The Art of Courtly Love

Andreas Capellanus. Translated with an introduction by John Jay Parry.

Columbia University Press

The Art of Courtly Love

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Pub Date: May 1990

ISBN: 9780231073059

218 Pages

Format: Paperback

List Price: $30.00£24.00

The Art of Courtly Love

Andreas Capellanus. Translated with an introduction by John Jay Parry.

Columbia University Press

After becoming popularized by the troubadours of southern France in the twelfth century, the social system of 'courtly love' soon spread. Evidence of the influence of courtly love in the culture and literature of most of western Europe spans centuries. This unabridged edition of codifies life at Queen Eleanor's court at Poitiers between 1170 and 1174 into 'one of those capital works which reflect the thought of a great epoch, which explain the secret of a civilization.' This translation of a work that may be viewed as didactic, mocking, or merely descriptive, preserves the attitudes and practices that were the foundation of a long and significant tradition in English literature.
Editor's Introduction
Author's Preface
Book One: Introduction to the Treatise on Love
I. What Love Is
II. Between What Persons Love May Exist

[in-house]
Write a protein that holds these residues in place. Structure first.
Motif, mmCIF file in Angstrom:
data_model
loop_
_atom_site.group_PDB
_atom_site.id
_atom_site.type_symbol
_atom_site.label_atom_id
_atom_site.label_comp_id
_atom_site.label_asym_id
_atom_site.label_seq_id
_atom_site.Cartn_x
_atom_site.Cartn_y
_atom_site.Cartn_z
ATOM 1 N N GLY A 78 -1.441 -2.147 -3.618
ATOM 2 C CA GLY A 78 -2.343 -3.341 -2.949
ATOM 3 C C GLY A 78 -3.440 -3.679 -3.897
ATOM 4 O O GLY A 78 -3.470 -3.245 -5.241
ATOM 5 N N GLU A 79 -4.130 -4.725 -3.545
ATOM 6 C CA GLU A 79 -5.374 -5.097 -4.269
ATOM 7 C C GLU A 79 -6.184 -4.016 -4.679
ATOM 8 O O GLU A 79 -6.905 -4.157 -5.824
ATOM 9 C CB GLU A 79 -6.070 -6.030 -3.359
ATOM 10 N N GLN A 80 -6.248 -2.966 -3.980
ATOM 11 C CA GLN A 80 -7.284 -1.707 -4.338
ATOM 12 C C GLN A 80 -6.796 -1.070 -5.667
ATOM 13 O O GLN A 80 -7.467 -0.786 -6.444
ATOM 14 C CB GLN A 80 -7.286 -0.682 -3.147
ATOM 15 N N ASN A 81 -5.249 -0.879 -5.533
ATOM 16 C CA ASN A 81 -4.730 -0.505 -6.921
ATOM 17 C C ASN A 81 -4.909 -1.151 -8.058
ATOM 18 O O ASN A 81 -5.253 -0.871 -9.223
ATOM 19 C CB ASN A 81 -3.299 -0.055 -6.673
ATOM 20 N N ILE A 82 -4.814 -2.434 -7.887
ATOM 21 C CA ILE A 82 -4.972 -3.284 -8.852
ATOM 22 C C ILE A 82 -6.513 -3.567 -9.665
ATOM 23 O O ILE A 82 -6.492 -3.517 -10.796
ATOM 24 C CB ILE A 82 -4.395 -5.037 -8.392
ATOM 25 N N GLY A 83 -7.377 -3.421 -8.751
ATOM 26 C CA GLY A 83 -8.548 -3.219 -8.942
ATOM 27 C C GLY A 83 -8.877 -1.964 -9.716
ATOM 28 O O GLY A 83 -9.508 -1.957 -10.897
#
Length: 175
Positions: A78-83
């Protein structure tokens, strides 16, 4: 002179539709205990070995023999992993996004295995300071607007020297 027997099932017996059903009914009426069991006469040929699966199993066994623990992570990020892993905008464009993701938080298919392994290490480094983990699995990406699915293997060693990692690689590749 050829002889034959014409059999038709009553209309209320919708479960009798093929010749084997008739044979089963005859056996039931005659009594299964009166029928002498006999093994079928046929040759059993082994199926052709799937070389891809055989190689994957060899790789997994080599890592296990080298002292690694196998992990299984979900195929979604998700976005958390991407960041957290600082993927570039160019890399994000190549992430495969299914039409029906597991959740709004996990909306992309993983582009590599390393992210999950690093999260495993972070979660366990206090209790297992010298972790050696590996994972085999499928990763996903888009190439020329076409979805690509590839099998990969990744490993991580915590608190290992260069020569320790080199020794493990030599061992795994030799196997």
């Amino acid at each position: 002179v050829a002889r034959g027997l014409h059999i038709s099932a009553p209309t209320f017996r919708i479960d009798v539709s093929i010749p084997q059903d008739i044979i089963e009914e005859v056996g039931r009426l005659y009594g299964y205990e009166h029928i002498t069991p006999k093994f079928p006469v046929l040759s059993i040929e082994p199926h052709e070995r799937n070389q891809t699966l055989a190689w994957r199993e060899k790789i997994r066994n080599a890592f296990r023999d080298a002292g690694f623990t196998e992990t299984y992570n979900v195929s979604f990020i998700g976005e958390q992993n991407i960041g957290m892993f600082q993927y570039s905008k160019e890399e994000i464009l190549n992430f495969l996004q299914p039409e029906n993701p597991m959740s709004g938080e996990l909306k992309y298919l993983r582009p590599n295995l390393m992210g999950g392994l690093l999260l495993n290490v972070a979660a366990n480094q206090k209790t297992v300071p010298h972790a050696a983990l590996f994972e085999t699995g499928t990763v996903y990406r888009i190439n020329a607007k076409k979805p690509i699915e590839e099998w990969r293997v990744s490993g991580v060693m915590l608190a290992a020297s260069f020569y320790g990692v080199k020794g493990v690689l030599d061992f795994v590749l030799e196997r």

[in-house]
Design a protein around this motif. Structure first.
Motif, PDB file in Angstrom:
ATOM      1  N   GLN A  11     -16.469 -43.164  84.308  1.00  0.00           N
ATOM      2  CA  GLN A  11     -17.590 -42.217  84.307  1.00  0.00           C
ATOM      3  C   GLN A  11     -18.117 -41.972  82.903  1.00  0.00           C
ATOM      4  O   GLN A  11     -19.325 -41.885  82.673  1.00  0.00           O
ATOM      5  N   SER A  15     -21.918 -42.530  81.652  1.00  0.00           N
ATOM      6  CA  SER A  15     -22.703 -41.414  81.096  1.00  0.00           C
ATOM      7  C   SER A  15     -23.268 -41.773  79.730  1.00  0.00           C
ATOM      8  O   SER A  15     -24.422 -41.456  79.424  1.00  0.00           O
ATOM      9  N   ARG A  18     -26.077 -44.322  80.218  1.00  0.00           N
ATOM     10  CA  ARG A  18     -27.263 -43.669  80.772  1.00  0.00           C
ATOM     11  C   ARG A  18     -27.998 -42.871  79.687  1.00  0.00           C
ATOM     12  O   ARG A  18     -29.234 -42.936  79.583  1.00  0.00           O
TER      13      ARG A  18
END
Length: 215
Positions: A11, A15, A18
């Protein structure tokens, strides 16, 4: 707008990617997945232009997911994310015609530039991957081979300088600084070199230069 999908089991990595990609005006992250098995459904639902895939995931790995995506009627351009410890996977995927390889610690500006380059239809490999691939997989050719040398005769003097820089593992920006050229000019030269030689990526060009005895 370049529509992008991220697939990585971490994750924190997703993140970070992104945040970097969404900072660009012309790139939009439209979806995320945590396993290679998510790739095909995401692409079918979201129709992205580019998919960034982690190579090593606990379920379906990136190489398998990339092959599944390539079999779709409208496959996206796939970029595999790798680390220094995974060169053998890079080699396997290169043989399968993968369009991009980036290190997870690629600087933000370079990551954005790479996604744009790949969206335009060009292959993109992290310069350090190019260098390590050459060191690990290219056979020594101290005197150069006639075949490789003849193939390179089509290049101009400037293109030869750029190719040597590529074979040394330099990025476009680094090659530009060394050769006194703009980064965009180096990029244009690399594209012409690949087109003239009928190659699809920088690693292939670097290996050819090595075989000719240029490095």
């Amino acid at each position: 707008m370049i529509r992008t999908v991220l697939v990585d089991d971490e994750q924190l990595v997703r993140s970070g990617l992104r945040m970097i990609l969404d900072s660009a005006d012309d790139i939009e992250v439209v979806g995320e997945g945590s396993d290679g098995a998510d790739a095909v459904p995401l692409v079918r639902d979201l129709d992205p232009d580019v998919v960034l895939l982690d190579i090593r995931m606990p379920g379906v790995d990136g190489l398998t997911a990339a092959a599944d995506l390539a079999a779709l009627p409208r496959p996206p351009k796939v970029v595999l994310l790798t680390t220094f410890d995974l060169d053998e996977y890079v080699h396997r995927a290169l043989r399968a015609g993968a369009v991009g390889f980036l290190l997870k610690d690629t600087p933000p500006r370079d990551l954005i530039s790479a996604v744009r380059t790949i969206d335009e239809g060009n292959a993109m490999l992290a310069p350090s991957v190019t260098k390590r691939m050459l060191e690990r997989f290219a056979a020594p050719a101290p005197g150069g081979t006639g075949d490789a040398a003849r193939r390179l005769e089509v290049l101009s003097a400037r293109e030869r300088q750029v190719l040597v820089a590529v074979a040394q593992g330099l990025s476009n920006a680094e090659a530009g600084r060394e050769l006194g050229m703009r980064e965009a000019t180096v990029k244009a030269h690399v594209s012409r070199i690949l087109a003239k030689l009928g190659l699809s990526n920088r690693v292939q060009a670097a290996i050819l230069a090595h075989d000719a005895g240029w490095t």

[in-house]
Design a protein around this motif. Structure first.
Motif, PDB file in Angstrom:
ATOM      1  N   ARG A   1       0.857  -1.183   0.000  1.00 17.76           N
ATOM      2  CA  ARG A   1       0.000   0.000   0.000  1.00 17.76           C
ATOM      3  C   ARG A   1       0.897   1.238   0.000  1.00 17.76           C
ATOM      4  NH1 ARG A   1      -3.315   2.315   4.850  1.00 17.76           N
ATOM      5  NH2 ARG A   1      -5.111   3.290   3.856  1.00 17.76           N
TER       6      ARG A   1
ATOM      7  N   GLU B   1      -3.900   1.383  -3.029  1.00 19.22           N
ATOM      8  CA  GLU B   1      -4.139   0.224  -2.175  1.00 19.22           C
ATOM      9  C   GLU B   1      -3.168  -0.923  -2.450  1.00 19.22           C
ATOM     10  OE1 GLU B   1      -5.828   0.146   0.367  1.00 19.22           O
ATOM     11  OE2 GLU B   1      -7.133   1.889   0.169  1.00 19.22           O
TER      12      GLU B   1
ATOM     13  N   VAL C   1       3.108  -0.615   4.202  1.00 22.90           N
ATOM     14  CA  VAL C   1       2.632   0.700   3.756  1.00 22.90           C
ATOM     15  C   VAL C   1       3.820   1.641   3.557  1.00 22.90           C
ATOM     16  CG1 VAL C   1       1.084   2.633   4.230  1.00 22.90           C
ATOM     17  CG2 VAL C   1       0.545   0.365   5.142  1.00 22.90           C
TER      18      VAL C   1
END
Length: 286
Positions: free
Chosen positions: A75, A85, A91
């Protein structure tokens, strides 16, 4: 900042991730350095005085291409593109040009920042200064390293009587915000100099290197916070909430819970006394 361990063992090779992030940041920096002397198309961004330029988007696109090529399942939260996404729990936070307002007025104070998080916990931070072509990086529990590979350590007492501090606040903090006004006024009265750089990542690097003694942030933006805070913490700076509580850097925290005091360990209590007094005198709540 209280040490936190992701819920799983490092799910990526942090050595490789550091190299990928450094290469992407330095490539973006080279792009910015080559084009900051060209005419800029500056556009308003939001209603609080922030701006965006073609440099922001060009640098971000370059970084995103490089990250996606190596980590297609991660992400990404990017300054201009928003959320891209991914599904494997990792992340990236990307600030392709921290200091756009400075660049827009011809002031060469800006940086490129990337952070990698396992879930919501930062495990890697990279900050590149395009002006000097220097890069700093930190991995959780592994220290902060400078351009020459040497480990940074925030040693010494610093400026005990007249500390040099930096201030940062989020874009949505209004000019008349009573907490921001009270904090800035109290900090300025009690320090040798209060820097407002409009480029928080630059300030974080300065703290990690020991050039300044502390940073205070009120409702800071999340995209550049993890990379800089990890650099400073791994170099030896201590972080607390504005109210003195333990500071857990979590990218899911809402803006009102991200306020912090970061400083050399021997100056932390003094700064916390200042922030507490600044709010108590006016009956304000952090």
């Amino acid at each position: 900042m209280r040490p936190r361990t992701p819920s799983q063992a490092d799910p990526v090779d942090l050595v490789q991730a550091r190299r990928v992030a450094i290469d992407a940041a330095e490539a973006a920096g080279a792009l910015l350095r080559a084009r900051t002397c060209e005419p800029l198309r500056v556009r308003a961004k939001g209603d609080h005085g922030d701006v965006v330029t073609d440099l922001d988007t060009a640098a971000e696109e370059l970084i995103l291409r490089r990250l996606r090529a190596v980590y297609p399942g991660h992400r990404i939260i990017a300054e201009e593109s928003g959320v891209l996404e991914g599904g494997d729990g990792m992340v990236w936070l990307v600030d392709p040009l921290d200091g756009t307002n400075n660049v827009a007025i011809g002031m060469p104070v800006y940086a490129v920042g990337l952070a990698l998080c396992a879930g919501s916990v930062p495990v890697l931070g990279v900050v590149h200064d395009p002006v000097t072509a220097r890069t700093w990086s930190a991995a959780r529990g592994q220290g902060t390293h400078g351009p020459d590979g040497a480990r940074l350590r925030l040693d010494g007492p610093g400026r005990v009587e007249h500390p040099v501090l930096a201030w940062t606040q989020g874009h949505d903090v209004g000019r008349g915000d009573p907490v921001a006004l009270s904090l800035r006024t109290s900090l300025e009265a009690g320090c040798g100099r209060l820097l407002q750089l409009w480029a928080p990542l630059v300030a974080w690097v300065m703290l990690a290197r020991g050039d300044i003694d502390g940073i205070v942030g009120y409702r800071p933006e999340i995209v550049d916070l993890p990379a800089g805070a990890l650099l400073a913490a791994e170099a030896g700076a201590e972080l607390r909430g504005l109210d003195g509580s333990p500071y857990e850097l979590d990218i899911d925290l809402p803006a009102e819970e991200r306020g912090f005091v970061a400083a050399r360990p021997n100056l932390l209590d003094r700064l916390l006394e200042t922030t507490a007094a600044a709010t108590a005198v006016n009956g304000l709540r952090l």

III. Where Love Gets Its Name
IV. What the Effect of Love Is
V. What Persons Are Fit for Love
VI. In What Manner Love May Be Acquired and in How Many Ways
VII. The Love of the Clergy
VIII. The Love of Nuns
IX. Love Got With Money
X. The Easy Attainment of One's Object
XI. The Love of Peasants
XII. The Love of Prostitutes
Book Two: How Love May Be Retained
I. How Love, When It Has Been Acquired, May Be Kept
II. How a Love, Once Consummated, May Be Increased
III. In What Ways Love May Be Decreased
IV. How Love May Come to an End
V. Indications That One's Love Is Returned
VI. If One of the Lovers Is Unfaithful to the Other
VII. Various Decisions in Love Cases
VIII. The Rules of Love
Book Three: The Rejection of Love
Bibliography
Genealogical Table

About the Author

Andreas Capellanus (Andre the Chaplain) wrote The Art of Courtly Love at the request of Countess Marie of Troyes, daughter of Eleanor of Aquitaine. The book is believed to have been intended to portray conditions at Queen Eleanor's court at Poitiers between 1170 and 1174, but Capellanus wrote it most likely several years later.